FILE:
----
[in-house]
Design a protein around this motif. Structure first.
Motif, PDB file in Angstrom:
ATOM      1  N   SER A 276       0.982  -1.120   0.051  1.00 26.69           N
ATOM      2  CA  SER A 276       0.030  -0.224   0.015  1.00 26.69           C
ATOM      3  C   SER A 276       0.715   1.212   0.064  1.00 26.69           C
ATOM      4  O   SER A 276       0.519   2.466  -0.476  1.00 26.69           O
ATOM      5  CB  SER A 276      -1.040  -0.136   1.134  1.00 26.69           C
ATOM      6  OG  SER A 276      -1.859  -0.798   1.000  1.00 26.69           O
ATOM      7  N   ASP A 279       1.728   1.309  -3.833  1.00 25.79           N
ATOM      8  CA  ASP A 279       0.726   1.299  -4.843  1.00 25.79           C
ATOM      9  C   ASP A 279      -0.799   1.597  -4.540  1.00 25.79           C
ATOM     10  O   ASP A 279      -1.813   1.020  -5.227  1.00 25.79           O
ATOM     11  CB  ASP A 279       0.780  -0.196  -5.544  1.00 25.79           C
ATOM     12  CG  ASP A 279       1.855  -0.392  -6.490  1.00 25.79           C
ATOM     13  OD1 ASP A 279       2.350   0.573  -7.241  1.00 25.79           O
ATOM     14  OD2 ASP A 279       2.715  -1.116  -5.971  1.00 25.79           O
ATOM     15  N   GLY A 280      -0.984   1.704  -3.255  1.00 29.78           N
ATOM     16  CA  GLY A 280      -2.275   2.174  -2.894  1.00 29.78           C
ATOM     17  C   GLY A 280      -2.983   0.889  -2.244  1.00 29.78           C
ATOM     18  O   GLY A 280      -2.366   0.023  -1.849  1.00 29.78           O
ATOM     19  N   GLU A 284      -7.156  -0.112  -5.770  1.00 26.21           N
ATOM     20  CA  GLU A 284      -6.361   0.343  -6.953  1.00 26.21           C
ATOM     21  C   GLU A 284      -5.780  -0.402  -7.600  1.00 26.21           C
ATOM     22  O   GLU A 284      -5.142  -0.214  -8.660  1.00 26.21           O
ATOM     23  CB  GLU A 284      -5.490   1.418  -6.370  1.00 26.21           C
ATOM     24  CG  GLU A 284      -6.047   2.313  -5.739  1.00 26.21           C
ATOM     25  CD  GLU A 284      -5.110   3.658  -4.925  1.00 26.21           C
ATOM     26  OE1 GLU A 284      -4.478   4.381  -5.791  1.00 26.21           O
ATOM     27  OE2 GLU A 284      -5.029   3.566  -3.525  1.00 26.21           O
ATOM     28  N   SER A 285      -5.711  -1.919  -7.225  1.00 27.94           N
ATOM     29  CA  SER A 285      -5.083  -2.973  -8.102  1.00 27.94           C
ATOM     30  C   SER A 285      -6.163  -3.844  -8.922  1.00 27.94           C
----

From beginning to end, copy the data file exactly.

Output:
[in-house]
Design a protein around this motif. Structure first.
Motif, PDB file in Angstrom:
ATOM      1  N   SER A 276       0.982  -1.120   0.051  1.00 26.69           N
ATOM      2  CA  SER A 276       0.030  -0.224   0.015  1.00 26.69           C
ATOM      3  C   SER A 276       0.715   1.212   0.064  1.00 26.69           C
ATOM      4  O   SER A 276       0.519   2.466  -0.476  1.00 26.69           O
ATOM      5  CB  SER A 276      -1.040  -0.136   1.134  1.00 26.69           C
ATOM      6  OG  SER A 276      -1.859  -0.798   1.000  1.00 26.69           O
ATOM      7  N   ASP A 279       1.728   1.309  -3.833  1.00 25.79           N
ATOM      8  CA  ASP A 279       0.726   1.299  -4.843  1.00 25.79           C
ATOM      9  C   ASP A 279      -0.799   1.597  -4.540  1.00 25.79           C
ATOM     10  O   ASP A 279      -1.813   1.020  -5.227  1.00 25.79           O
ATOM     11  CB  ASP A 279       0.780  -0.196  -5.544  1.00 25.79           C
ATOM     12  CG  ASP A 279       1.855  -0.392  -6.490  1.00 25.79           C
ATOM     13  OD1 ASP A 279       2.350   0.573  -7.241  1.00 25.79           O
ATOM     14  OD2 ASP A 279       2.715  -1.116  -5.971  1.00 25.79           O
ATOM     15  N   GLY A 280      -0.984   1.704  -3.255  1.00 29.78           N
ATOM     16  CA  GLY A 280      -2.275   2.174  -2.894  1.00 29.78           C
ATOM     17  C   GLY A 280      -2.983   0.889  -2.244  1.00 29.78           C
ATOM     18  O   GLY A 280      -2.366   0.023  -1.849  1.00 29.78           O
ATOM     19  N   GLU A 284      -7.156  -0.112  -5.770  1.00 26.21           N
ATOM     20  CA  GLU A 284      -6.361   0.343  -6.953  1.00 26.21           C
ATOM     21  C   GLU A 284      -5.780  -0.402  -7.600  1.00 26.21           C
ATOM     22  O   GLU A 284      -5.142  -0.214  -8.660  1.00 26.21           O
ATOM     23  CB  GLU A 284      -5.490   1.418  -6.370  1.00 26.21           C
ATOM     24  CG  GLU A 284      -6.047   2.313  -5.739  1.00 26.21           C
ATOM     25  CD  GLU A 284      -5.110   3.658  -4.925  1.00 26.21           C
ATOM     26  OE1 GLU A 284      -4.478   4.381  -5.791  1.00 26.21           O
ATOM     27  OE2 GLU A 284      -5.029   3.566  -3.525  1.00 26.21           O
ATOM     28  N   SER A 285      -5.711  -1.919  -7.225  1.00 27.94           N
ATOM     29  CA  SER A 285      -5.083  -2.973  -8.102  1.00 27.94           C
ATOM     30  C   SER A 285      -6.163  -3.844  -8.922  1.00 27.94           C